What is it? Did I hear something? Someone?
Just last chapter, we talked about how the Lord of Winterfell could never be anything but a Stark and this is one piece of evidence for it. Theon doesn’t feel fully at home as the Lord of Winterfell and while his general paranoia and anxiety could explain it easily, we should note that its a recurring trend.
If Asha does not come…
It’s remarkable just how little thought was put into this plan. In Theon’s previous chapter, we had a little talk about how Theon screwed himself over by trying to have his cake and eat it too; he wanted to claim Winterfell as an Ironborn raider, to pay the iron price for his prize, but at the same time, Ned’s influence on him compelled him to want to rule and be a good lord instead of just some thieving raider. Theon dreamt of conquest and glory where the Ironborn way was to snatch and grab. Theon compounded this mistake by assuming that other Ironborn were like him and saw the glory of conquest – but as Asha will soon teach him, no one is particularly impressed by Theon’s little prize and fewer people still want to throw their lives away trying to help him keep it.
Theon told himself he must be as cold and deliberate as Lord Eddard.
It’s lines like these make that Theon’s tale so very tragic. Ned has worked his way so deep into Theon’s psyche that Theon just can’t dislodge him and subconsciously strives to be more like the only father figure he’s ever known. Just a few lines prior to this, we saw Theon gloat inwardly about having sex with a commoner on Ned’s own bed, which is an indication of not just how childish Theon is, but also how deep his daddy issues run.
He’d even had two of his own men whipped bloody for raping that kennel girl, to show them he meant to be just. They still blame me for the rape, though.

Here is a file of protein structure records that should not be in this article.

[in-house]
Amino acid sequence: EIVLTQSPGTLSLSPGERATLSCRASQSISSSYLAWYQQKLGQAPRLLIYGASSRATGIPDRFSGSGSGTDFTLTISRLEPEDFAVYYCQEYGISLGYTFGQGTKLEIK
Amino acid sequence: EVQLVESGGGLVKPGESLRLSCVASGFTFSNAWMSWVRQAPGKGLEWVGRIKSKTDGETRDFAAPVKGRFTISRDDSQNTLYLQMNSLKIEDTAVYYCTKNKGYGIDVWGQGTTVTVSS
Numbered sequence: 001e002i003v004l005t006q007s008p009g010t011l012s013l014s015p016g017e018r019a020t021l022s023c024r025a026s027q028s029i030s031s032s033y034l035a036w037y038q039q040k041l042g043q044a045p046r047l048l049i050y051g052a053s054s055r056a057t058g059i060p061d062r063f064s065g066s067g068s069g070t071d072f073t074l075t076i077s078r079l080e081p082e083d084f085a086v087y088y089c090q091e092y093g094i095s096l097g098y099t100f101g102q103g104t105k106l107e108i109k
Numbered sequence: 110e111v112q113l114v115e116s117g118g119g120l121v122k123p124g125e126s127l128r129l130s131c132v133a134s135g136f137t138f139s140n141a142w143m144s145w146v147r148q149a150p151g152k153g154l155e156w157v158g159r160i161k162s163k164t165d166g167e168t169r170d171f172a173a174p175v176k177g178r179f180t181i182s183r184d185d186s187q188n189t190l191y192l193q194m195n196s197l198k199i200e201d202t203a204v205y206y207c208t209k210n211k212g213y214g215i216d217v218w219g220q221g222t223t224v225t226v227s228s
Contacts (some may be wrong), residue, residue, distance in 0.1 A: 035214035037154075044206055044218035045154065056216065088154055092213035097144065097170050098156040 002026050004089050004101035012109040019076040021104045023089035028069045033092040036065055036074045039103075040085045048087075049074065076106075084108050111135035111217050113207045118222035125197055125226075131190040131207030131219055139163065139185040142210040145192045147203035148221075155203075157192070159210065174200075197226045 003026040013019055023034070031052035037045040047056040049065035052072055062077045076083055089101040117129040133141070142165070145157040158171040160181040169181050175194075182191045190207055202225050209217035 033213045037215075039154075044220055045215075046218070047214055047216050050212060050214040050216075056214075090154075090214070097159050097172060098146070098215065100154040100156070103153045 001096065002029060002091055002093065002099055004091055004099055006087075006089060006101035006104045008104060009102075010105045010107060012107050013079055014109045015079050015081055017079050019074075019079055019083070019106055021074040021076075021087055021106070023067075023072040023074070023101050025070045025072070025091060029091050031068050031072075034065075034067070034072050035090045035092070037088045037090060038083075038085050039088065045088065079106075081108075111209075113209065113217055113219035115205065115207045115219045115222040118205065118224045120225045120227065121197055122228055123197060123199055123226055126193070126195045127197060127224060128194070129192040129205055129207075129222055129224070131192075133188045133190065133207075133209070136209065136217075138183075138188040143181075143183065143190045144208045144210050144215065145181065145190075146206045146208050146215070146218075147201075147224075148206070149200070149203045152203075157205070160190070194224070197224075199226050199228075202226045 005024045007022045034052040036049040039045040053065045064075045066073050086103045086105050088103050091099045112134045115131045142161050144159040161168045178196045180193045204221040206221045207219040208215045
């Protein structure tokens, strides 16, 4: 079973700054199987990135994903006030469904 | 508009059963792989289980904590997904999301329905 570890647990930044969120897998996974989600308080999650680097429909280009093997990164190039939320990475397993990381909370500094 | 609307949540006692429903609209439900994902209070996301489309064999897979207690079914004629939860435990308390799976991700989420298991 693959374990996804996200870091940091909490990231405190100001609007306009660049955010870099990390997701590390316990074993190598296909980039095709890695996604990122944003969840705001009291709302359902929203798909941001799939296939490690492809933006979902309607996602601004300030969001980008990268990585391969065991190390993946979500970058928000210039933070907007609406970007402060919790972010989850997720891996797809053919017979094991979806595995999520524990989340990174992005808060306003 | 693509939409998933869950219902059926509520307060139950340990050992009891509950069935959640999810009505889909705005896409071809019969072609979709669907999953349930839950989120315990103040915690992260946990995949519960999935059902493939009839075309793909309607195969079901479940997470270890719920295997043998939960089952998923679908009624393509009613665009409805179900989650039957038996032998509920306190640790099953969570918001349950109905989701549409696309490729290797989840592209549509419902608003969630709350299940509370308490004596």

I have no words for this level of stupidity. There is just so much sheer idiocy in this one line alone that it’s painful to read. So, the first thing that strikes me is how Theon sees himself as this kind, benevolent Lord who just repeatedly gets forced into making hard choices. Of course, the second he whips his own men, he’s pretty much lost them – he’s indicated to them by doing that, that he is not truly Ironborn and that he values the lives of the smallfolk of Winterfell as much as he values his soldiers. That’s a huge mistake, since prioritizing like that is not going to win him any popularity contests amongst the smallfolk in question. Lastly, the people of Winterfell are perfectly justified in blaming him for the rapes and violence because is literally, the only single reason that those things are happening – if he didn’t take the castle, those brutes wouldn’t be around and thinks would be happier and normal. Of course, Theon, like any other teenager, sees all this and whines ‘It’s not faaaiiirrrr’.
I am served by fools.
You know, Theon has it in him to be a pretty good detective, the way he pretty much retells what happened at the crime scene. Unfortunately, he lacks entirely in common sense and self-awareness as seen here.
She’s as unnatural as Asha. Even their names sound alike.
Huh, I guess HBO was right to change the names, then.
“Strip off their skins,” he urged, his thick lips glistening. “Lord Bolton, he used to say a naked man has few secrets, but a flayed man’s got none.”